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Can we express the distribution of a coordinate of the $n$-sphere in any known distribution?

In formal terms, consider $S^n = \{x\in\mathbb{R}^{n + 1}: \|x\|=1\}$ (i.e. the usual $n$-sphere). If we sample $x$ uniformly from $S^n$ what is the distribution of $x_1$?

By "sampling uniformly" I mean that any point in $S^n$ has the same value for the density probability function. And $x_1$ means the first coordinate of vector $x$.

$n=1$

(the circle)

$x_1$ follows the arcsine distribution.

$n=2$

(the sphere)

Thanks to Archimedes we know that $x_1$ follows the Uniform distribution.

$n>2$

Do we know?

...

I know that this is equivalent to ask the distribution of the dot product of two random points on the $n$-sphere. But I also do not know that!

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  • $\begingroup$ I'd say it is the normal distribution $N(0,1/m)$, and this guess is correct up to within Kolmogorov distance of $\mathcal O(1/m^c)$. $\endgroup$
    – dohmatob
    Jun 1, 2020 at 14:48

2 Answers 2

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$\def\d{\mathrm{d}}$This is a direct application of the formula for the surface area of the hyperspherical cap. Denoting by $I(x; a, b)$ the regularized beta function, the surface area of an $(n + 1)$-dimensional hyperspherical cap with height $x \leqslant 1$ and radius $1$ is$$ A_n(x) = \frac{1}{2} A_n(2) I\left( x(2 - x); \frac{n}{2}, \frac{1}{2} \right), $$ thus for $-1 \leqslant x \leqslant 0$,$$ P(X_1 \leqslant x) = \frac{A_n(x + 1)}{A_n(2)} = \frac{1}{2} I\left( 1 - x^2; \frac{n}{2}, \frac{1}{2} \right). $$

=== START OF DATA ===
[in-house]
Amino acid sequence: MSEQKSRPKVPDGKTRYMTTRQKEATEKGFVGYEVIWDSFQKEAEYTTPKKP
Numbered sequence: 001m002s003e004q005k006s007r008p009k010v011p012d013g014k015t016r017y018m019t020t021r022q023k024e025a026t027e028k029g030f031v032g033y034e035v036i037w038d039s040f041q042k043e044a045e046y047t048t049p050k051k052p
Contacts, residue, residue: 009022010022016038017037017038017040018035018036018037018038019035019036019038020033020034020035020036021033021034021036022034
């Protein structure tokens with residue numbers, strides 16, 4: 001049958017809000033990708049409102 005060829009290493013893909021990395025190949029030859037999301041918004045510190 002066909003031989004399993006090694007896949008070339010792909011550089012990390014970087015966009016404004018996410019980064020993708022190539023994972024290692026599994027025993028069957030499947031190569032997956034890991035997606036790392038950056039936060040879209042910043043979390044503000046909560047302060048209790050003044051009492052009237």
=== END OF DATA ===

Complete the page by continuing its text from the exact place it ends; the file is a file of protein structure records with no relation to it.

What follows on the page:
Since $\dfrac{∂I}{∂x}(x; a, b) = \dfrac{1}{B(a, b)} x^{a - 1} (1 - x)^{b - 1}$, then for $-1 < x < 0$,$$ f_{X_1}(x) = \frac{\d}{\d x} P(X_1 \leqslant x) = \frac{(1 - x^2)^{\frac{n}{2} - 1}}{B\left( \dfrac{n}{2}, \dfrac{1}{2} \right)}. $$ By symmetry,$$ f_{X_1}(x) = \frac{(1 - x^2)^{\frac{n}{2} - 1}}{B\left( \dfrac{n}{2}, \dfrac{1}{2} \right)}. \quad \forall -1 < x < 1 $$ Indeed, for $n = 2$ this is a uniform distribution.

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I came across this answer previously. The original question was about the marginals of a point on the unit sphere in $\mathbb{R}^3$, but the poster added the case for the sphere in $\mathbb{R}^d$ (see Added section).

His method is summarized as follows (I have replaced $d$ in his answer with $n+1$):

1) Let $Z$ be a multivariate Gaussian r.v. with $(n+1)$ components, then $ \frac{Z}{\lVert Z \rVert}$ is uniformly distributed on the unit sphere $S^n$. Thus, we set $ X= \frac{Z}{\lVert Z \rVert}$.

2) Rewrite the CDF of $X_1 = \frac{Z_1}{\lVert Z \rVert}$ in terms of $\frac{Z_1^2}{Z_2^2 + \dots Z_n^2}$.

3) The ratio $\frac{n\cdot Z_1^2}{Z_2^2 + \dots Z_n^2}$ follows an $F_{1,n}$ distribution. Thus the CDF of $ X_1 = \frac{Z_1}{\lVert Z \rVert}$ can be determined from (2). Differentiating gives $$f_{X_1}(x) = \frac{1}{B \bigl( \frac{n}{2}, \frac{1}{2} \bigr)}(1-x^2)^{(n/2-1)}, \quad x\in[-1,1]. $$


Edit:
Therefore, for $n=1$, $$f_{X_1}(x) \propto (1-x^2)^{-1/2} = \frac{1}{\sqrt{1+x}\sqrt{1-x}},$$ which is the arcsine distribution with support $x\in[-1,1]$.

For $n=2$, $$f_{X_1}(x) \propto 1 ,$$ which is the uniform distribution.

For a general $n$, $$f_{X_1}(x) \propto (1+x)^{(n/2-1)} (1-x)^{(n/2-1)},$$

which resembles a $\text{Beta}\left(\tfrac{n}{2},\tfrac{n}{2}\right)$ distribution, but rescaled so that its support is in $[-1,1]$.
That is,

$$\frac{X_1 + 1}{2} \sim \text{Beta}\left(\frac{n}{2}, \frac{n}{2}\right).$$

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